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Becky

Jun 14, 2020

A formulaic thriller with a teen heroine not to mess with. You'll not sleep through this actioner.

Becky

Grade: B

Directors: Jonathan Milott (Bushwick), Cary Murnion (Cooties)

Screenplay: Nick Morris, Ruckus Skye. Lane Skye (The Devil to Pay)

Cast: Lulu Wilson (The Haunting of Hill House), Kevin James (Paul Blart)

Runtime: I h, 33m

Rating: R

By: John DeSando

As boilerplate thrillers go, Becky will keep you alert and thinking the usual themes given the setup. Feisty, alienated 13-year-old Becky (Lulu Wilson) fights their home invasion of four escaped convicts headed by Dominick (Kevin James). They’re ripe for Becky’s ingenious retribution, a bloody mess if there ever was in a formulaic actioner.

Most good thrillers like The Silence of the Lambs will have side themes worthy of a major film. In Becky, the trauma of Becky losing mother to illness is exacerbated by Becky not being favorable to dad

Jeff (Joel McHale) marrying again to black Kayla (Amanda Brugel). Add to it they are a mixed couple, which plays later. Throughout Becky is a very angry teen.

But she is resourceful, and the sensational retributions to the four cons should satisfy the devotees of the genre. While the cons belong to an Aryan brotherhood, and Dominick’s head has a big swastika on the back, the cruelty of the neo-Nazis, who are looking for a hidden key, is murderous and sickening. Only Apex (6’10” former wrestler Robert Maillet) and his guilty conscience may save the day. Not that Becky will factor in his remorse in her relentless retribution.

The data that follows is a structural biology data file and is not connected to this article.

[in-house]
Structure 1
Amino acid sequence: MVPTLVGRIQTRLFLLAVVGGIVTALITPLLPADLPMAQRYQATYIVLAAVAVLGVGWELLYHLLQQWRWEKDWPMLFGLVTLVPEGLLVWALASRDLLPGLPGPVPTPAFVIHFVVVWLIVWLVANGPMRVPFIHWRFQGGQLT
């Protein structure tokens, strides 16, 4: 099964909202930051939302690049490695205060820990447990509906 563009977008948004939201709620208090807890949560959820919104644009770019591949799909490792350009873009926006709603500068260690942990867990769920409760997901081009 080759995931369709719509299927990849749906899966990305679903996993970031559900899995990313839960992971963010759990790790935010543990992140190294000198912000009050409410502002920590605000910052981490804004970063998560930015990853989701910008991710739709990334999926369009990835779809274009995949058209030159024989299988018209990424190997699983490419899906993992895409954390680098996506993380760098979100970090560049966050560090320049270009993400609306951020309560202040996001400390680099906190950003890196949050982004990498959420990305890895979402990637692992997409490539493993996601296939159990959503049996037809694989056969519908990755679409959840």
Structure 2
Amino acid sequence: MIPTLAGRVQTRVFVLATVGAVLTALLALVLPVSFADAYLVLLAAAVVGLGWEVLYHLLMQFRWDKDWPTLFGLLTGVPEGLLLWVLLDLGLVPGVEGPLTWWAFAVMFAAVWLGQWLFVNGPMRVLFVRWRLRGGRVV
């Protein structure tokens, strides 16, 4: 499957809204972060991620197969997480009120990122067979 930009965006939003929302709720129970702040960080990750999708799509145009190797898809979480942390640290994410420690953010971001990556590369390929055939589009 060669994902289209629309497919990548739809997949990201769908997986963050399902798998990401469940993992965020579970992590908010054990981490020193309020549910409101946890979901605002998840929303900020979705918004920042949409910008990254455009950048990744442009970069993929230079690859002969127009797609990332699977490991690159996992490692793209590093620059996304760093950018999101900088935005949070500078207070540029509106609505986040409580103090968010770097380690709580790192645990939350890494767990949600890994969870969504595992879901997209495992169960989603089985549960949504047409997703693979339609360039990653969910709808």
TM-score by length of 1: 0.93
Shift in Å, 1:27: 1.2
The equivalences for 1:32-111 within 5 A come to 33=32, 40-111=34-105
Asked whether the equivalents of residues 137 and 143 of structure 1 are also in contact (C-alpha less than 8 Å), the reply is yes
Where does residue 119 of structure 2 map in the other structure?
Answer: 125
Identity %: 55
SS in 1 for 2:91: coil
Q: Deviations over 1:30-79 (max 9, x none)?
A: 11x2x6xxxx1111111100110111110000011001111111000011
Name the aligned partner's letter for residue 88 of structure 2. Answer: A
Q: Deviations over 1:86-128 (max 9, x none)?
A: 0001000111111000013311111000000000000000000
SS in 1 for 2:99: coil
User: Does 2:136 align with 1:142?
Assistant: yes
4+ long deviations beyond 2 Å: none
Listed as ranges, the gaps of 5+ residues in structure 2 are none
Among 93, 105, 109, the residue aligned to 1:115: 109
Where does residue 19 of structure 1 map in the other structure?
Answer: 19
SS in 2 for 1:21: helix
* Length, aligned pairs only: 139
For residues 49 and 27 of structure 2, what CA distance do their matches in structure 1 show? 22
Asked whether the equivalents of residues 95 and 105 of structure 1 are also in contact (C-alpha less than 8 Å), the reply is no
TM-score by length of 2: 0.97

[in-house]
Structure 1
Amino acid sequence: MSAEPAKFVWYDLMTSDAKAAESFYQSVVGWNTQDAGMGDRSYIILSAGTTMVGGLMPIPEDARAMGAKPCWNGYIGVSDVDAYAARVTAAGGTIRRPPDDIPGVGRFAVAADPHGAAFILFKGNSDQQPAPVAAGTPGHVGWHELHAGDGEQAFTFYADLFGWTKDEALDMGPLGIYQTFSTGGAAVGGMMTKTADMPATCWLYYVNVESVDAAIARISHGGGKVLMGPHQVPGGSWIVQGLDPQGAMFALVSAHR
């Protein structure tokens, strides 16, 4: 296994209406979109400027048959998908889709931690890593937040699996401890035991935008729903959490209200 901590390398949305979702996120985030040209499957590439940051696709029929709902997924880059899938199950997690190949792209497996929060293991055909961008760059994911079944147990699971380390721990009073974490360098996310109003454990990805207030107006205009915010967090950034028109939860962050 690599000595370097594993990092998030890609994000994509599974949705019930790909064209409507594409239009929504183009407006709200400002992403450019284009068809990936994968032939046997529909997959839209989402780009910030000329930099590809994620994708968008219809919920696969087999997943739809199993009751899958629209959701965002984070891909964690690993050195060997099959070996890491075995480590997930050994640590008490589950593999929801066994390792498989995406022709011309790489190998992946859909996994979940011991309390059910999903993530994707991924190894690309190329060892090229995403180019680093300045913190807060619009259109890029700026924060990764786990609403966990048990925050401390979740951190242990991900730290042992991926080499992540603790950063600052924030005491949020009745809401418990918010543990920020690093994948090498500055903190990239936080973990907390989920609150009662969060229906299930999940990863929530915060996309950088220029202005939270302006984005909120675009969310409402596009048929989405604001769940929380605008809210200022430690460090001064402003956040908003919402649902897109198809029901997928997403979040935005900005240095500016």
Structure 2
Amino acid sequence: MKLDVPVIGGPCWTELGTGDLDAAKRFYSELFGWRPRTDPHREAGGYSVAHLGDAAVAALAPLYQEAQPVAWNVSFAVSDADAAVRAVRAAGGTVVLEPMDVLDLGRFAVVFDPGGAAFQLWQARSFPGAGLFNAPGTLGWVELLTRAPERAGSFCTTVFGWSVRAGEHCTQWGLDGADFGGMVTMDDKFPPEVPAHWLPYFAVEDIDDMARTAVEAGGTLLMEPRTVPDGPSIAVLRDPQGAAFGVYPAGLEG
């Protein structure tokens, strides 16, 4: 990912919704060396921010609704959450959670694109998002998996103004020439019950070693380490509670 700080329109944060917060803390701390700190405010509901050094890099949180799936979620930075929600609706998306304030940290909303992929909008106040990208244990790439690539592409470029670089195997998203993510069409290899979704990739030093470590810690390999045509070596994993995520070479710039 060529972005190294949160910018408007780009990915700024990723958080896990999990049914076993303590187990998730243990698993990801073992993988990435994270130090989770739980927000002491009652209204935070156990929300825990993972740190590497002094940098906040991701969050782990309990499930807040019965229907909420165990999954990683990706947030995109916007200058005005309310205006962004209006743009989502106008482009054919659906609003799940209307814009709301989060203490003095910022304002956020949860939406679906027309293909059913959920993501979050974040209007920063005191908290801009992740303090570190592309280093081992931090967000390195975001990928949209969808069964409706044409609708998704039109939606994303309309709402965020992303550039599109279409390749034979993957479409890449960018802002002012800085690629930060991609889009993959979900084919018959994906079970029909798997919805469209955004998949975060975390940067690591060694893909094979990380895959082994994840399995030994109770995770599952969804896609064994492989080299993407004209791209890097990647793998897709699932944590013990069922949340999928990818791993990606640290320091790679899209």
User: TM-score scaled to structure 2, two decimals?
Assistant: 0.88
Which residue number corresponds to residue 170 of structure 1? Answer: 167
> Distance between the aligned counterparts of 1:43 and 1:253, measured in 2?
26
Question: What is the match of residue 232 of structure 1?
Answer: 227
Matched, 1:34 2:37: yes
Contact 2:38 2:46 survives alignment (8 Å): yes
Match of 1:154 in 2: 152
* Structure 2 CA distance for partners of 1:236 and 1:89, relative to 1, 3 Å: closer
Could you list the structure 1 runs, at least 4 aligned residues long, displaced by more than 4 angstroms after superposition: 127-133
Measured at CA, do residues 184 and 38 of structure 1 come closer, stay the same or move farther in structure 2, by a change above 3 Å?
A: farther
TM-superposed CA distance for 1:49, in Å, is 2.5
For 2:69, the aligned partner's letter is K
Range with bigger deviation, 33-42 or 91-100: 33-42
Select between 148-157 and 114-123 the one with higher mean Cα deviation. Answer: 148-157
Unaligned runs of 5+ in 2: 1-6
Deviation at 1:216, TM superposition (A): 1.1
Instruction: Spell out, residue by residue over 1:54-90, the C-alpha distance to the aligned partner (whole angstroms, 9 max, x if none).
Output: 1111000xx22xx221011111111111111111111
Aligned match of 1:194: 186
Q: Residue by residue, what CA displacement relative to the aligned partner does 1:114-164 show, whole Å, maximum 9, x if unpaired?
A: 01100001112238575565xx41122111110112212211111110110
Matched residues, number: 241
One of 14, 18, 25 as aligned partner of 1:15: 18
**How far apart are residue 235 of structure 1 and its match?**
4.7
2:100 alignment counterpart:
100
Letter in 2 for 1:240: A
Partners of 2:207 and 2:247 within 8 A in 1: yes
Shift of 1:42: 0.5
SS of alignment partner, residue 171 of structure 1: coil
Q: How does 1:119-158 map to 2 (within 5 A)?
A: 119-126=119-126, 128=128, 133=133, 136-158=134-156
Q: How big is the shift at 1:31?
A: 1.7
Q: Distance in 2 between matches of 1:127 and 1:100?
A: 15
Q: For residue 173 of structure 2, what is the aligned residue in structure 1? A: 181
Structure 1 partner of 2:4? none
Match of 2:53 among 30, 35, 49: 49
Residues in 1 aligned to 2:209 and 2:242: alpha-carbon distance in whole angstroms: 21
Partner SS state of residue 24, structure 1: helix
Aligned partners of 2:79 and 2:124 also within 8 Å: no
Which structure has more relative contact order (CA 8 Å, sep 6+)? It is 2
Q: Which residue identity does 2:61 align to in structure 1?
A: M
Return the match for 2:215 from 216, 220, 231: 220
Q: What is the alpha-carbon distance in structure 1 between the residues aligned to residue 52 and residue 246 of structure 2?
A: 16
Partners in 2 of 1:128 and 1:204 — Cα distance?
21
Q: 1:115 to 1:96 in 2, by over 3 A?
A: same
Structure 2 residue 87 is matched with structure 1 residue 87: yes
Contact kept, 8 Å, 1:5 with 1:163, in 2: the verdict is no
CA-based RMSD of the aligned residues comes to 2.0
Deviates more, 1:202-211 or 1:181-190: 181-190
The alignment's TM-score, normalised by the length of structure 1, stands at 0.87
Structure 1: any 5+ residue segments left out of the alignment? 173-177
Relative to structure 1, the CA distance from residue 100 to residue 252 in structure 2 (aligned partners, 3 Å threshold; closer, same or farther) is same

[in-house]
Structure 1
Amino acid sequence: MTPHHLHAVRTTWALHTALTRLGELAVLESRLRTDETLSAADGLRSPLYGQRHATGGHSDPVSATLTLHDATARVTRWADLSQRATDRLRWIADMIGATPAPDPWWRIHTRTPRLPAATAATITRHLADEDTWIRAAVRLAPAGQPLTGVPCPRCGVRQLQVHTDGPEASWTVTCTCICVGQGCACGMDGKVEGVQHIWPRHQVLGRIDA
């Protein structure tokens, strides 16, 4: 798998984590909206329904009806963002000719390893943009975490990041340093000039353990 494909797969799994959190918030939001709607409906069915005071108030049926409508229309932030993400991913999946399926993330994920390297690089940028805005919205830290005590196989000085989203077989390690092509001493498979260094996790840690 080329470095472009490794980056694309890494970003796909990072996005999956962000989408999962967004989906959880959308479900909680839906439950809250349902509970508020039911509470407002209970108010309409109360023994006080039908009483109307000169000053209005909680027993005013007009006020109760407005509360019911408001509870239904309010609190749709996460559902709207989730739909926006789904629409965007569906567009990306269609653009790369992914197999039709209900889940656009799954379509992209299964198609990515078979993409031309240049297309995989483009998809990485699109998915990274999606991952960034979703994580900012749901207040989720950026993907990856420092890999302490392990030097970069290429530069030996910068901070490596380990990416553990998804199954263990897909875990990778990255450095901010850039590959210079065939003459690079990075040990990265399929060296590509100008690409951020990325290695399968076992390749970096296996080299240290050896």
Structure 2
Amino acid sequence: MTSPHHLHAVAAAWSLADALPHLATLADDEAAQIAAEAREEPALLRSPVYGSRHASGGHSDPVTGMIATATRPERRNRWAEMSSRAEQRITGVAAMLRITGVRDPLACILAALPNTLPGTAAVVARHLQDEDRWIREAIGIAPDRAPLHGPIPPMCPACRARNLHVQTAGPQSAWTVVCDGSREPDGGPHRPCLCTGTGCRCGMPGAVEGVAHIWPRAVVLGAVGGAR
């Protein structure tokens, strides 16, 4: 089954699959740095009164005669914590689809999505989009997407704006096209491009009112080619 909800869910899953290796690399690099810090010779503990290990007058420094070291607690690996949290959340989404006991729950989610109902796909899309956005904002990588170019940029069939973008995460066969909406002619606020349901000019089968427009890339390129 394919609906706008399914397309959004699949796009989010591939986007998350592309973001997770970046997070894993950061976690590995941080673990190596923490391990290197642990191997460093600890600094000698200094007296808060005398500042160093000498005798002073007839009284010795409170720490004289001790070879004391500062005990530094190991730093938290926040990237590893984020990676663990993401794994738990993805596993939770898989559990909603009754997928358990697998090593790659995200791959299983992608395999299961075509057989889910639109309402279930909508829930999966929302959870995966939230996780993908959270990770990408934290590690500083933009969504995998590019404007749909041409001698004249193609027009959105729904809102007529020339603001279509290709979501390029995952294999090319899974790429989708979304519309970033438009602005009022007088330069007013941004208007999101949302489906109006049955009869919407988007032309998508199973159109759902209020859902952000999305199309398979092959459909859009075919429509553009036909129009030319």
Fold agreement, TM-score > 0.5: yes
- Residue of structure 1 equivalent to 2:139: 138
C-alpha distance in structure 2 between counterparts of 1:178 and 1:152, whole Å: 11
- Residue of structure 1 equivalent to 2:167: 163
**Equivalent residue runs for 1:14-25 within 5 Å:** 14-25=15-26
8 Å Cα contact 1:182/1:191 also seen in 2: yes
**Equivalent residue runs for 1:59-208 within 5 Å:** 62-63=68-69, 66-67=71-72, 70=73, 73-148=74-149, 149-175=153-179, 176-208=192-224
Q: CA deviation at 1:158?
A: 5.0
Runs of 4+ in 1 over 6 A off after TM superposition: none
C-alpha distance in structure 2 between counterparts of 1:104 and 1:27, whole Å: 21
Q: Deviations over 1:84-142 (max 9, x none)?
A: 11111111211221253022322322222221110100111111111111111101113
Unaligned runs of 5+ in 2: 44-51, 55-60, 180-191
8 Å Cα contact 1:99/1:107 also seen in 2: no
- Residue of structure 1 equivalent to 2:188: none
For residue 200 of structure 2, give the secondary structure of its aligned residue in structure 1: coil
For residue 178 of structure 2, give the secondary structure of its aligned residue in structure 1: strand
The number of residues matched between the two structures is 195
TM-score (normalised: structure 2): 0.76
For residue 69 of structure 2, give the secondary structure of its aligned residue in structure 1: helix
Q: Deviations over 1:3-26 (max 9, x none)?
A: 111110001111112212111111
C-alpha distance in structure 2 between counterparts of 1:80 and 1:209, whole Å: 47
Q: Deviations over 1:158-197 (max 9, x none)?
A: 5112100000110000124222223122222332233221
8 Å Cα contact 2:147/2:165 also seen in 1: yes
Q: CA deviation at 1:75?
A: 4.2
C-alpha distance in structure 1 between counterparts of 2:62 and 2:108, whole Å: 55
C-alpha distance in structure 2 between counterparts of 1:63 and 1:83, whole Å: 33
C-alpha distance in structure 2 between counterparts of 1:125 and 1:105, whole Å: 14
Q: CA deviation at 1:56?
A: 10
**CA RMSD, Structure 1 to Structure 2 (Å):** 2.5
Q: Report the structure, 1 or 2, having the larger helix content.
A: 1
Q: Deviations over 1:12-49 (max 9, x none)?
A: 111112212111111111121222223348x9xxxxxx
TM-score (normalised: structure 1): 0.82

Directors Jonathan Milott and Cary Murnion keep a lid on the politics (e.g., racism and alt-right forces), and given today’s incendiary climate, a good thing. The camera work that parallels action is effective for creating suspense and dread.

If the revenge motif dominates, so does the notion that action must be taken against hostile, unrelenting outside forces no matter the cause. For those prone to taking action against hostiles, this is the film that glorifies that bravery. Dustin Hoffman’s Straw Dogs is a model of the mild-mannered hostage taking action.

Given that dogs play an important role in Becky, the tie binds in pop-culture film. Much more hidden in this little gem. Cinema Classics will deal with the Nazi theme in this and other films of our time.

When I have had enough of heady art films, Becky is the right visceral antidote. Enjoy the mayhem—it’s only a movie.

John DeSando, a Los Angeles Press Club first-place winner for National Entertainment Journalism, hosts WCBE’s It’s Movie Time and co-hosts Cinema Classics. Contact him at JohnDeSando62@gmail.com